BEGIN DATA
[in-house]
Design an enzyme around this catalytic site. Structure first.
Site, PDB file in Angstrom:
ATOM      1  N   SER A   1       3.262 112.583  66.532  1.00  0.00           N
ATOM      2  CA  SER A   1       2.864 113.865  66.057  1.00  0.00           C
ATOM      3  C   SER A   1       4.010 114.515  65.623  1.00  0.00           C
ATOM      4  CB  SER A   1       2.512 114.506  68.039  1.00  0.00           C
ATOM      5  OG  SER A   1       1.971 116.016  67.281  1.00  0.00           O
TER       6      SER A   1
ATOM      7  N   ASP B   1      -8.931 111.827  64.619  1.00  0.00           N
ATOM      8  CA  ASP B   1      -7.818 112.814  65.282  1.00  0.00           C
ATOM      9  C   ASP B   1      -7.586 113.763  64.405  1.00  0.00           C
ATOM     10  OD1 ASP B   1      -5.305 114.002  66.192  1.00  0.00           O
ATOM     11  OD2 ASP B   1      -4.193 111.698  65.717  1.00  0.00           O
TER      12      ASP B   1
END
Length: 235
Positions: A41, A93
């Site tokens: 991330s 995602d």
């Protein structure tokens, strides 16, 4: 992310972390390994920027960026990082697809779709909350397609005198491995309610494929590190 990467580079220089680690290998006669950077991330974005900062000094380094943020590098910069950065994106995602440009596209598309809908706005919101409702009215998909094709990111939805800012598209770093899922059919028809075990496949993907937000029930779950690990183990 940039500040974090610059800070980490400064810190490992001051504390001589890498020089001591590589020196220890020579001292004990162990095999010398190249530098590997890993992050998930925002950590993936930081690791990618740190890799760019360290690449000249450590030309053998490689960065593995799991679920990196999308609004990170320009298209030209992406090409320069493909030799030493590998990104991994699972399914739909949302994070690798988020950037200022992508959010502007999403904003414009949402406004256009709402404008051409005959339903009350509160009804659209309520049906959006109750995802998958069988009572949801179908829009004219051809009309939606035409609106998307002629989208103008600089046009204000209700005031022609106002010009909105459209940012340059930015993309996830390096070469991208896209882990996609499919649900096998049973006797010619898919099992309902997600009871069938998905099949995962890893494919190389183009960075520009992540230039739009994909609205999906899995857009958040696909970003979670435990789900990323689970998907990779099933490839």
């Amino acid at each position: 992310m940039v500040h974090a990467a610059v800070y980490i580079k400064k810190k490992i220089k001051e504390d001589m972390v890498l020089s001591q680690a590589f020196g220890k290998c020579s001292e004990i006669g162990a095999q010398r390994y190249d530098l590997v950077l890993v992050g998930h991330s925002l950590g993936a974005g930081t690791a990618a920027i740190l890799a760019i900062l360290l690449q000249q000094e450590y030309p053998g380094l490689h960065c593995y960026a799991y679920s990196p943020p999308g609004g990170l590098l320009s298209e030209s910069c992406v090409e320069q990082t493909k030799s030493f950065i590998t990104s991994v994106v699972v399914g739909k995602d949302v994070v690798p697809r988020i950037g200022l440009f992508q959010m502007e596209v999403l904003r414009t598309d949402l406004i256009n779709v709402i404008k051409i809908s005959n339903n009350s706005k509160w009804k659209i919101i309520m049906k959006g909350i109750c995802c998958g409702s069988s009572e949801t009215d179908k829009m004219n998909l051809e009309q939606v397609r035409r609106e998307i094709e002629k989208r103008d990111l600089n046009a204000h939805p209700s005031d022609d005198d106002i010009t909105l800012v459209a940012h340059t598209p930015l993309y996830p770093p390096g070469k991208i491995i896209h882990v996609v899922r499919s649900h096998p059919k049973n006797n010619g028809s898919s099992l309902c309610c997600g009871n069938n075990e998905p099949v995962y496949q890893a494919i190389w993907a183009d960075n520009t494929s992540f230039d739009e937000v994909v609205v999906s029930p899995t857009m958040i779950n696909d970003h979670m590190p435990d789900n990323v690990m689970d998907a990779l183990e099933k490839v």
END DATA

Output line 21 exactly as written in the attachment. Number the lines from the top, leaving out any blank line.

């Amino acid at each position: 992310m940039v500040h974090a990467a610059v800070y980490i580079k400064k810190k490992i220089k001051e504390d001589m972390v890498l020089s001591q680690a590589f020196g220890k290998c020579s001292e004990i006669g162990a095999q010398r390994y190249d530098l590997v950077l890993v992050g998930h991330s925002l950590g993936a974005g930081t690791a990618a920027i740190l890799a760019i900062l360290l690449q000249q000094e450590y030309p053998g380094l490689h960065c593995y960026a799991y679920s990196p943020p999308g609004g990170l590098l320009s298209e030209s910069c992406v090409e320069q990082t493909k030799s030493f950065i590998t990104s991994v994106v699972v399914g739909k995602d949302v994070v690798p697809r988020i950037g200022l440009f992508q959010m502007e596209v999403l904003r414009t598309d949402l406004i256009n779709v709402i404008k051409i809908s005959n339903n009350s706005k509160w009804k659209i919101i309520m049906k959006g909350i109750c995802c998958g409702s069988s009572e949801t009215d179908k829009m004219n998909l051809e009309q939606v397609r035409r609106e998307i094709e002629k989208r103008d990111l600089n046009a204000h939805p209700s005031d022609d005198d106002i010009t909105l800012v459209a940012h340059t598209p930015l993309y996830p770093p390096g070469k991208i491995i896209h882990v996609v899922r499919s649900h096998p059919k049973n006797n010619g028809s898919s099992l309902c309610c997600g009871n069938n075990e998905p099949v995962y496949q890893a494919i190389w993907a183009d960075n520009t494929s992540f230039d739009e937000v994909v609205v999906s029930p899995t857009m958040i779950n696909d970003h979670m590190p435990d789900n990323v690990m689970d998907a990779l183990e099933k490839v």